Kids prosecuted as adults for low-level offenses have trouble finding jobs, getting into college, and obtaining financial aid. They are more likely to get into trouble again. The success rate is much better in states where they remain in the juvenile system – the system that is more attuned to firmly teaching kids a lesson and to getting them back on track. Let’s hope that we see such a demonstration of bipartisanship in the Senate when they consider the bill.

Alice L. Bordsen

Chapel Hill

Editor’s note: The writer is a former state representative for Alamance County, District 63, 2003-2013.

Farmer’s column appreciated

We wish to thank you for running the occasional column written by George O'Neal of Lil’ Farm in Timberlake in The Durham News.

George’s writing is often thought provoking without preaching and is always informative. He adds vital substance to your publication, and we look forward to seeing more from him in the future.

Beth Schultz

Paul Popish

Hillsborough

Don’t cut waste positions

An open letter to City Manager Tom Bonfield and Solid Waste Management Director Donald Long,

We were shocked and dismayed to learn that the Waste Reduction Coordinator position and Code Enforcement Officer positions will be eliminated from the City of Durham. We believe the loss of these positions will have a severe and detrimental effect on the Bull City’s environmental health, economy, and long-term sustainability.

First, it wipes out a vital coordination role for the local government agencies and community groups who are working on positive-impact, waste-reduction initiatives in Durham. The Waste Reduction Coordinator has been the nerve center across all of these projects – ensuring clear, consistent, and accurate communications, preventing duplication of effort, and connecting the appropriate players and resources together. Without such coordination, efforts to improve the environmental health and well-being of our community will suffer from reduced efficiency and effectiveness, and the City of Durham will lose key opportunities to be a leader in the area of environmental stewardship.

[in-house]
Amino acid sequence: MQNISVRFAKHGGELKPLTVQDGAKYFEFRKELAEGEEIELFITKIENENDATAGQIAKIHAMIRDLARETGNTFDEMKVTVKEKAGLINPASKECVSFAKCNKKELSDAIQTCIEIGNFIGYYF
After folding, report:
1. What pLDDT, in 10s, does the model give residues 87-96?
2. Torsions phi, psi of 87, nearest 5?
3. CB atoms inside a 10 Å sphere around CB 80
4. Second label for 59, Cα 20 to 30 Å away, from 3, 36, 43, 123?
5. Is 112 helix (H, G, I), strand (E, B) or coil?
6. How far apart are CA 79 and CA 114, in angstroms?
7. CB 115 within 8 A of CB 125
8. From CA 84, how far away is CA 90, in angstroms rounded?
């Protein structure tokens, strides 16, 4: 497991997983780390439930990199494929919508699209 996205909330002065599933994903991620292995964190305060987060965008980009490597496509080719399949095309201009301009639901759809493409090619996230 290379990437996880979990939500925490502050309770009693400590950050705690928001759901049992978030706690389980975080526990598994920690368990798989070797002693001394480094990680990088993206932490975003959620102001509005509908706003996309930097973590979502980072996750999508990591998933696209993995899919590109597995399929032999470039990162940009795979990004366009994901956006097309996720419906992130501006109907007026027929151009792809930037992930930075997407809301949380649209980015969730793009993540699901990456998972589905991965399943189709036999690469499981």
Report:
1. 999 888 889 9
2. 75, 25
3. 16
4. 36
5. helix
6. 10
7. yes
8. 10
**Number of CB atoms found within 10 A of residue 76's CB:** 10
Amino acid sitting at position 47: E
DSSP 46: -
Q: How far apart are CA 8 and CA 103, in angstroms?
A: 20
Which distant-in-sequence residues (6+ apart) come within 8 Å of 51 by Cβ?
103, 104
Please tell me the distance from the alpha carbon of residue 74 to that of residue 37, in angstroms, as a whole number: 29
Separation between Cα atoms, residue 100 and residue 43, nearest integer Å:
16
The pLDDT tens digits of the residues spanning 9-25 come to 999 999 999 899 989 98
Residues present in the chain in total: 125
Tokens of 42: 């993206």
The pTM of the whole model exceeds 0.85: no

Secondly, elimination of the Waste Reduction Coordinator position is in direct opposition to the City of Durham’s strategic plan. As a case in point, the coordination of waste reduction is integral to Goal 3 (Environmental Stewardship), which states that:

“Plans will include coordinating environmental awareness efforts among City departments, the County, and other Durham organizations, and increasing overall efforts to educate the public, and track progress.”

Finally, your actions contradict the environmental-economic evidence base which demonstrates that waste reduction pays for itself. Removing the Waste Reduction Coordinator role from City staff is a dangerously short-sighted and ill-advised move that will end up costing the City of Durham financially in the long run.

We strongly support progress in the areas of waste reduction, resource recovery,and environmental stewardship. We are proud, for example, of the recent awards the City of Durham has received for its waste reduction efforts. We wholeheartedly oppose moves like yours which would counteract our city’s progress and represent huge steps backwards.

Don't Waste Durham asks that you provide much-needed answers to us and to the wider Durham community by addressing the points we make above and justifying the elimination of a coordination position so vital to our city’s environmental stewardship, health and economy.

Crystal Dreisbach

Chair

Don’t Waste Durham